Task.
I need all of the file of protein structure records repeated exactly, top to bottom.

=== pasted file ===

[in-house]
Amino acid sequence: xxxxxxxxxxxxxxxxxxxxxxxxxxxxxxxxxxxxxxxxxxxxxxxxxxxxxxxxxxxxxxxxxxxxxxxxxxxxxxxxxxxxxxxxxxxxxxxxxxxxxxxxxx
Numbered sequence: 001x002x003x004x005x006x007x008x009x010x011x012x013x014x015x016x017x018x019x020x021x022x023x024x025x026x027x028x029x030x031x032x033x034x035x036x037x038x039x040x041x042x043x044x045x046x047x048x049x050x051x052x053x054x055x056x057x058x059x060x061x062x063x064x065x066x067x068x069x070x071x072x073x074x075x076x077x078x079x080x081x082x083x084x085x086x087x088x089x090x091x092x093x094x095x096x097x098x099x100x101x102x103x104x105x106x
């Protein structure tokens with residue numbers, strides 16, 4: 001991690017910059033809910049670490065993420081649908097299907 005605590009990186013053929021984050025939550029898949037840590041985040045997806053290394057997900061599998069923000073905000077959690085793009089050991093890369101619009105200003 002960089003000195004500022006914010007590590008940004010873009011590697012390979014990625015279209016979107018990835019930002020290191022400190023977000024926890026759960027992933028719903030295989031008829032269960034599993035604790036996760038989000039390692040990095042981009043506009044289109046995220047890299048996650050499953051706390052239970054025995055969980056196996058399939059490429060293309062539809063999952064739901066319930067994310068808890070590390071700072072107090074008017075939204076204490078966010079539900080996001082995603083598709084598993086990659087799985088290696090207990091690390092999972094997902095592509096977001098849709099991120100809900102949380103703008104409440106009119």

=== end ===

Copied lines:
[in-house]
Amino acid sequence: xxxxxxxxxxxxxxxxxxxxxxxxxxxxxxxxxxxxxxxxxxxxxxxxxxxxxxxxxxxxxxxxxxxxxxxxxxxxxxxxxxxxxxxxxxxxxxxxxxxxxxxxxx
Numbered sequence: 001x002x003x004x005x006x007x008x009x010x011x012x013x014x015x016x017x018x019x020x021x022x023x024x025x026x027x028x029x030x031x032x033x034x035x036x037x038x039x040x041x042x043x044x045x046x047x048x049x050x051x052x053x054x055x056x057x058x059x060x061x062x063x064x065x066x067x068x069x070x071x072x073x074x075x076x077x078x079x080x081x082x083x084x085x086x087x088x089x090x091x092x093x094x095x096x097x098x099x100x101x102x103x104x105x106x
């Protein structure tokens with residue numbers, strides 16, 4: 001991690017910059033809910049670490065993420081649908097299907 005605590009990186013053929021984050025939550029898949037840590041985040045997806053290394057997900061599998069923000073905000077959690085793009089050991093890369101619009105200003 002960089003000195004500022006914010007590590008940004010873009011590697012390979014990625015279209016979107018990835019930002020290191022400190023977000024926890026759960027992933028719903030295989031008829032269960034599993035604790036996760038989000039390692040990095042981009043506009044289109046995220047890299048996650050499953051706390052239970054025995055969980056196996058399939059490429060293309062539809063999952064739901066319930067994310068808890070590390071700072072107090074008017075939204076204490078966010079539900080996001082995603083598709084598993086990659087799985088290696090207990091690390092999972094997902095592509096977001098849709099991120100809900102949380103703008104409440106009119």